Even cat lovers may not understand their cats! That’s the message from John Bradshaw, an anthro-zoologist and author of the book "Cat Sense”…
He says, the number-one thing that we humans don't understand about our cats is: That they don't automatically get along with other cats. For the most part, dogs can get along with each other pretty quickly – but cats take more time to bond. That’s why, when bringing another cat into the house, you need to separate the two for at least a week, sometimes more, to slowly get them used to each other’s scent and presence.
Cats are animals whose main security comes from having a place to live… whereas dogs get their security from having a human around. Bradshaw says that means we don't have to worry that our cat is lonely without another of its kind – or even us, for that matter. Cats will eventually get bored if there’s no stimulation whatsoever from another creature – feline or human. But they won’t get distressed the way dogs do when they’re left alone.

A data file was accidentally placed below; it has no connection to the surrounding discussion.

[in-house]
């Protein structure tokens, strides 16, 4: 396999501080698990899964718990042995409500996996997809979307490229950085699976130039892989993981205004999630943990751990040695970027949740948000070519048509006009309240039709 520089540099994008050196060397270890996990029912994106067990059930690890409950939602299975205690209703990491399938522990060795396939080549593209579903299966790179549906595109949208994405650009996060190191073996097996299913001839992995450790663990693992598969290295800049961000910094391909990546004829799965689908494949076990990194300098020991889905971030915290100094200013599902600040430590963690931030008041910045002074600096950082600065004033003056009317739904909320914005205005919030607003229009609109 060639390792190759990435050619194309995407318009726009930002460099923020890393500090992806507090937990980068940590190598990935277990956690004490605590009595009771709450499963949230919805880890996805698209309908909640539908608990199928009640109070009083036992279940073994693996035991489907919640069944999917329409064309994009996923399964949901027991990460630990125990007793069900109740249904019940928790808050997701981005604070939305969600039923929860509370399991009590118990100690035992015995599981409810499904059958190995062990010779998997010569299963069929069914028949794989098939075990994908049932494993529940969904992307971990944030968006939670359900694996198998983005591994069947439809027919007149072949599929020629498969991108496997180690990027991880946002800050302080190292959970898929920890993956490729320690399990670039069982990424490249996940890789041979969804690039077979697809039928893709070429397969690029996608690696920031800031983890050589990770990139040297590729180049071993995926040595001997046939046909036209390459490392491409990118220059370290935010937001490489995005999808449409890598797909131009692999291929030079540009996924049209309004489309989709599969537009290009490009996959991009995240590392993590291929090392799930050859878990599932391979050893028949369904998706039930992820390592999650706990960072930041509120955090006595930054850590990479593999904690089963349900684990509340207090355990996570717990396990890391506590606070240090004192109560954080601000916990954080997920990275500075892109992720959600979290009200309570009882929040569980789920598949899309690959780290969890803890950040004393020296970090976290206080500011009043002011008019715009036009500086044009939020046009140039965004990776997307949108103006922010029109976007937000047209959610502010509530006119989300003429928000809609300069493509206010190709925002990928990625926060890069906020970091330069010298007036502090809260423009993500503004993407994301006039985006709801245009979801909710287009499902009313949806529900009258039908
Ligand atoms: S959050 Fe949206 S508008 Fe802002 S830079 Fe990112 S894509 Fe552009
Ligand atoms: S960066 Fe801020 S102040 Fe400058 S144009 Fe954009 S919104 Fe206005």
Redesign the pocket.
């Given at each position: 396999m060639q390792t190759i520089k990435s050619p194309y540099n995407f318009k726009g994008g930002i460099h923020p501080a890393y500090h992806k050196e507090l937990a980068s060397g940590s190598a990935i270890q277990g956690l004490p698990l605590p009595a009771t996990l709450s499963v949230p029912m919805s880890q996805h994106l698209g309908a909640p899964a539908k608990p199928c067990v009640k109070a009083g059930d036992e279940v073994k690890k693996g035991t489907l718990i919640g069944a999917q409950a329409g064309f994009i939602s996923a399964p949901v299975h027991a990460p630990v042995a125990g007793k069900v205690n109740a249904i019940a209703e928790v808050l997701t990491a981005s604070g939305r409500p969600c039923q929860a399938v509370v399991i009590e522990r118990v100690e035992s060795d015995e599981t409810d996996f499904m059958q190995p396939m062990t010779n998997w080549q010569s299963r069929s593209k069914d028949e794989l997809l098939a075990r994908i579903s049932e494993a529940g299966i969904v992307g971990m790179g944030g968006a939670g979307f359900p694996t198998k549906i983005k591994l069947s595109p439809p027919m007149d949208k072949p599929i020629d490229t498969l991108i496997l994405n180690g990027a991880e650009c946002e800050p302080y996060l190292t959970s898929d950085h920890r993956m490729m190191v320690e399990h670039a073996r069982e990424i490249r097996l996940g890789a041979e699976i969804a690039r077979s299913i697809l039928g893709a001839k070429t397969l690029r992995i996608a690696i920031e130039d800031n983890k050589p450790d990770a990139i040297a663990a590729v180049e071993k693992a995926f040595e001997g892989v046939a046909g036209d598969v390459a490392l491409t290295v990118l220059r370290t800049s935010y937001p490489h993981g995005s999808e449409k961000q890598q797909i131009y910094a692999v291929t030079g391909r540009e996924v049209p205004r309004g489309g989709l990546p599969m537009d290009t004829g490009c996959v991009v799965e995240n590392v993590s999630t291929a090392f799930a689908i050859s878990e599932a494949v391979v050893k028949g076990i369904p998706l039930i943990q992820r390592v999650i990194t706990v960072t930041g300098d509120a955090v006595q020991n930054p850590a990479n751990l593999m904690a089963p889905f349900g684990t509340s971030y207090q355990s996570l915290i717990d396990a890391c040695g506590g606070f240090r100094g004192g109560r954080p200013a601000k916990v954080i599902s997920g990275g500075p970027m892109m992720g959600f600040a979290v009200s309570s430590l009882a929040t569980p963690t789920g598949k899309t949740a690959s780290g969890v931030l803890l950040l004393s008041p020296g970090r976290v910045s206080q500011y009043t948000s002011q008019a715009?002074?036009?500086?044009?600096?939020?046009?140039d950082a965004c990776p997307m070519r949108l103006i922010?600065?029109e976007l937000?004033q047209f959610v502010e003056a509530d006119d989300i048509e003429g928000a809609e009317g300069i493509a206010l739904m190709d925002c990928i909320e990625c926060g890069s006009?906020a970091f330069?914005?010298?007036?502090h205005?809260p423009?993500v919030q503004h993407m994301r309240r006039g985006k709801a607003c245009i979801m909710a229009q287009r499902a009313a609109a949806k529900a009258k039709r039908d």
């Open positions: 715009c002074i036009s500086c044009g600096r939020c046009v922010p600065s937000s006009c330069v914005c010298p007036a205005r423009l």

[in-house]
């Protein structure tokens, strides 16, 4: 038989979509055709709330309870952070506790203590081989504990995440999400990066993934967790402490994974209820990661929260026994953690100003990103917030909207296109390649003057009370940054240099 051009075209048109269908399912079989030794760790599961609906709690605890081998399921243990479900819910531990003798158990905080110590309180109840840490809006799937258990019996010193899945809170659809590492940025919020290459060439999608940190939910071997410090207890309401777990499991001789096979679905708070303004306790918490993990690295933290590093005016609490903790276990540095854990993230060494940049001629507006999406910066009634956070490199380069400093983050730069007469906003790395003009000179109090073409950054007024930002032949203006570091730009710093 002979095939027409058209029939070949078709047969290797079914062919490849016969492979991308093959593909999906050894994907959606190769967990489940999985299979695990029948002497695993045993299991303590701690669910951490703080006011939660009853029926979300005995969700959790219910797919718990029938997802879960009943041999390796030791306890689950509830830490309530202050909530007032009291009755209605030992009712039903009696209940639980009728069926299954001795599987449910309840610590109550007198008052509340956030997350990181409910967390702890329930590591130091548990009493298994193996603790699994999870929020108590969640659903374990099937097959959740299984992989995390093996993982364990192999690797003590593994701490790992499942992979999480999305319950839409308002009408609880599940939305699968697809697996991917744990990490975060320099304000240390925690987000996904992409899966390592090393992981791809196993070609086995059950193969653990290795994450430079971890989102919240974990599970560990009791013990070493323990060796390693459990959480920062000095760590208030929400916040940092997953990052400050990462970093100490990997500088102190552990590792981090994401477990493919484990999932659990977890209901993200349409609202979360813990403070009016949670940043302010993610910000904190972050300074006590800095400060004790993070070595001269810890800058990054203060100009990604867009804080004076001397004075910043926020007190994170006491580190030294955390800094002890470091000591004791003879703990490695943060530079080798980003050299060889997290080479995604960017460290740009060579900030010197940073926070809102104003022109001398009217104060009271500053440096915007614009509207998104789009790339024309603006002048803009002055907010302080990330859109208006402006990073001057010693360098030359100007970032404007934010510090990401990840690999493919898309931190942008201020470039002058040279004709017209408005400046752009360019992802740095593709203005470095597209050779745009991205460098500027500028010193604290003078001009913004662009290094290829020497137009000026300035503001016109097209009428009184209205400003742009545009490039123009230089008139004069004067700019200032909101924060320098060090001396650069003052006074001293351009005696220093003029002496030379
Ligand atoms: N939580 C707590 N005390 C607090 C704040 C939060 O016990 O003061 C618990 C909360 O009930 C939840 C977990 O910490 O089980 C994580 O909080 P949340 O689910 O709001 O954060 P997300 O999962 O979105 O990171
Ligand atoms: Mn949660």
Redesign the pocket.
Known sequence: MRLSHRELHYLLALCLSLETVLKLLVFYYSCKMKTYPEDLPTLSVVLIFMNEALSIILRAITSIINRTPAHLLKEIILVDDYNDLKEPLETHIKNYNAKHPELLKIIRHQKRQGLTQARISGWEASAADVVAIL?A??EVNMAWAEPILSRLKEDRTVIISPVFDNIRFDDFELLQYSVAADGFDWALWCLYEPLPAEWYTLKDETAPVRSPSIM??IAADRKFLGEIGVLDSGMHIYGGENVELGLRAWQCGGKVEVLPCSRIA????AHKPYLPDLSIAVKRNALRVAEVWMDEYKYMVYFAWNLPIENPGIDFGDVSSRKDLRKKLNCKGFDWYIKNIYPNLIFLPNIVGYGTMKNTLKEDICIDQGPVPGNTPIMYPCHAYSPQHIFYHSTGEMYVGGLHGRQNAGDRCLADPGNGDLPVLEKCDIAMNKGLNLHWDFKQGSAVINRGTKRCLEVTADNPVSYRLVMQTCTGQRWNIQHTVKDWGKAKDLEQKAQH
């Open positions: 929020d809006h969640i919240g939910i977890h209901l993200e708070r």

So can cats feel emotion? Bradshaw says yes, but their faces don’t show emotion like dog’s faces do. Cats also only feel gut-feelings like affection, anger, or anxiety. Cats – and dogs for that matter - can't feel complex emotions that are exclusive to humans, like embarrassment. They don't have the ability to think about what they should and shouldn’t do. They live in the moment.
Okay, now for the biggie: Are cats smarter than dogs? The answer is no. Dogs are smarter in the sense of being able to understand humans. In fact, they’re the smartest animals on the planet as far as reading human body language, facial expression, and tone of voice. Bradshaw says no other animal is as emotionally intelligent as a dog. For example, if you’re sad, a dog can tell and will attempt to comfort you, by being close or resting their head on your knee. Cats aren’t that in-tune with human emotion. But dogs learned early on in the domestication process how to read humans so they could live with us and be taken care of by us. That's pretty smart.